Gauslin explains why we need feminism. (Lauren Gilman)
Gauslin explains why we need feminism.

Lauren Gilman

Girls Just Want to Have Fun-damental Human Rights

March 16, 2017

Is feminism really even necessary anymore? This is a question I’ve been asked far too many times as a feminist who is very blunt about my views. Miss Representation is a documentary I feel explains the movement appropriately. It educates its viewers about the inequalities women face. Some of the things covered are the discrimination women receive in CEO and other business positions, and valuing people as a whole opposed to stereotyping based on gender.

According to American Progress, women hold only 4.6% of Fortune 500 executives and are 8.1% of top earners in the United States. This inequality starts after graduation; women receive the same education level as men, but balancing home life generally falls on their shoulders. Traditional gender roles push women to take on the majority of home responsibilities, putting them at a disadvantage with less time in the workplace.

Feminism is often confused with misandry; as a feminist, I have had to explain the difference between feminism and misandry on multiple occasions. Feminism is defined as, “the advocacy of women’s rights on the basis of the equality of the sexes” (Merriam Webster) while misandry is, “dislike of, contempt for, or ingrained prejudice against men” (Merriam Webster). A large misconception occurs between the two, but misandry puts down men aggressively, while feminism strives to put women at the same level as men: Equality among genders.

Miss Representation discussed the feminist implications of the very real wage gap in our society. According to PEW Research Center, women (in the exact same position as men) make 86 cents out of every dollar that men make. This is an issue because according to Single Mother Guide, one in four children are raised by an unmarried mother, with  40% percent of them below the poverty line.  Because single women generally make less, and have no other source of income, this is especially difficult for them.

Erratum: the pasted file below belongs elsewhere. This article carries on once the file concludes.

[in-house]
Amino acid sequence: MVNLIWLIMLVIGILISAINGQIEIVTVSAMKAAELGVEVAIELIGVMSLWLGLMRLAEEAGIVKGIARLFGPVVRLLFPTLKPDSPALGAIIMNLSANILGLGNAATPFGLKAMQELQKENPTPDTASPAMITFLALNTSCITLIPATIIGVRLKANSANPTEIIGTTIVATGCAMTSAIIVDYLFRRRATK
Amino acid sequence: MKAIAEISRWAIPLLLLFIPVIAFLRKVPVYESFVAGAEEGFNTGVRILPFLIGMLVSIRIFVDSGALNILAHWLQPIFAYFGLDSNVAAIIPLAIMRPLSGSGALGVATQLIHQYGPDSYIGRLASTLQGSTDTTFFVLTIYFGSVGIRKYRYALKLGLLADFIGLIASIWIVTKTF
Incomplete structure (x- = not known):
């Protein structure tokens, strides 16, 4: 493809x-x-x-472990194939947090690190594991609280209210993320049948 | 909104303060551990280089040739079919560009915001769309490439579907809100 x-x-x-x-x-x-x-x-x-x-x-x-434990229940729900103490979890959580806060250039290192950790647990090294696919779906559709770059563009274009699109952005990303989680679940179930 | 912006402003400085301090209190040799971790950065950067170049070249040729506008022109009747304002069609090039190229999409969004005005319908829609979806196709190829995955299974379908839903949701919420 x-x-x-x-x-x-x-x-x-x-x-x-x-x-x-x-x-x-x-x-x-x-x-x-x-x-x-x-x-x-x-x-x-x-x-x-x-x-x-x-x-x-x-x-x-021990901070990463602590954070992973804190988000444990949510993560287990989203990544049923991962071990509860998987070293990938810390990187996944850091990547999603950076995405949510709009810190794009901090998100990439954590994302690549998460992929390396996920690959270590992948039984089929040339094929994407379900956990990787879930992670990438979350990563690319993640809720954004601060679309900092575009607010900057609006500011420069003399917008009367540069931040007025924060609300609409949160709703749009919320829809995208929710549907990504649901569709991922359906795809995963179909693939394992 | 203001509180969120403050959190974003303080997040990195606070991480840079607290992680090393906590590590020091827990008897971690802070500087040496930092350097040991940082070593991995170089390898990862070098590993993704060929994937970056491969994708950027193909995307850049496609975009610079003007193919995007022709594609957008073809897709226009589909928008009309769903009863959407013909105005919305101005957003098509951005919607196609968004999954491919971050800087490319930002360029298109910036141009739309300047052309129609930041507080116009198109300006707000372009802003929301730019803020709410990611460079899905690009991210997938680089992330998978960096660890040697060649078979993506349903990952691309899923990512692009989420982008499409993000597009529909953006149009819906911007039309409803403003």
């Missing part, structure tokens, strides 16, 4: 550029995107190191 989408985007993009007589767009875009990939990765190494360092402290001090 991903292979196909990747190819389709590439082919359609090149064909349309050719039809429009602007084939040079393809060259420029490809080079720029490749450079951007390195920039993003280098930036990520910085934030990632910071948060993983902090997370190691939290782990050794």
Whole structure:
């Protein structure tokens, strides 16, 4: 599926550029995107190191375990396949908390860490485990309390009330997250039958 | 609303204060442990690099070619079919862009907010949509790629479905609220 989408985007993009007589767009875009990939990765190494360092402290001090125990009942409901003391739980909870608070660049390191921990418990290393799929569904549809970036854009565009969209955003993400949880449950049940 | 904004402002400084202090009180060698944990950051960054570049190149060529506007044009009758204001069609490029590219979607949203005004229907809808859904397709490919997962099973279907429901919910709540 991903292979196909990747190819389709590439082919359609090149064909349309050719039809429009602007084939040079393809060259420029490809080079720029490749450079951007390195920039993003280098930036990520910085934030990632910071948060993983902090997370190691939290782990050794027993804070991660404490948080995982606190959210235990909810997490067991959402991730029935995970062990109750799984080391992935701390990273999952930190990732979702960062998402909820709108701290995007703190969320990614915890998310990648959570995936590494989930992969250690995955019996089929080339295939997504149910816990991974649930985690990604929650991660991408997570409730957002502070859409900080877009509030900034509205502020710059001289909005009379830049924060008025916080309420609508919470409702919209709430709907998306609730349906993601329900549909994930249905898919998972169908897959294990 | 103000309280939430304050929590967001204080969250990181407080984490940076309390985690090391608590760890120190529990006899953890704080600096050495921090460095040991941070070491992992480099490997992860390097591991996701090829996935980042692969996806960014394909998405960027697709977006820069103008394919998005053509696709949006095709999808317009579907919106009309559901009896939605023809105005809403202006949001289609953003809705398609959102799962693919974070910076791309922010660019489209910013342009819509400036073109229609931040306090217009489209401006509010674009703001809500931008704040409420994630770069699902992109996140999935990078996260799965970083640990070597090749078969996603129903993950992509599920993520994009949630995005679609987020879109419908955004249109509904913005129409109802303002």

A large problem women face is the extraordinary amount of criticism they receive due to irrelevant issues. Women are criticized for what they wear, if they wear makeup or not, and even their age. This was displayed when controversy arose among viewers of Miss Representation as it showed images of scantily clad women. The documentary used these images as an example explaining why the patriarchy is detrimental. It continued this in explaining the stereotypes women face, and dissecting media. Miss Representation digs deep into this topic and exposes the media for making girls feel insecure in their own bodies by photoshopping their idols and diminishing their self confidence.

Not only is the patriarchy damaging to women, it negatively affects men, through ‘toxic masculinity’. Toxic masculinity is most closely defined as the negative societal standards men face just for being men. Some of these are that men are discouraged from showing too much emotion and the societal assumption that men are always violent.

Miss Representation blended together facts and interviews of powerful women in an elegant, eye-opening experience. It was a truly inspiring documentary and I would encourage everyone to watch it, female or not.

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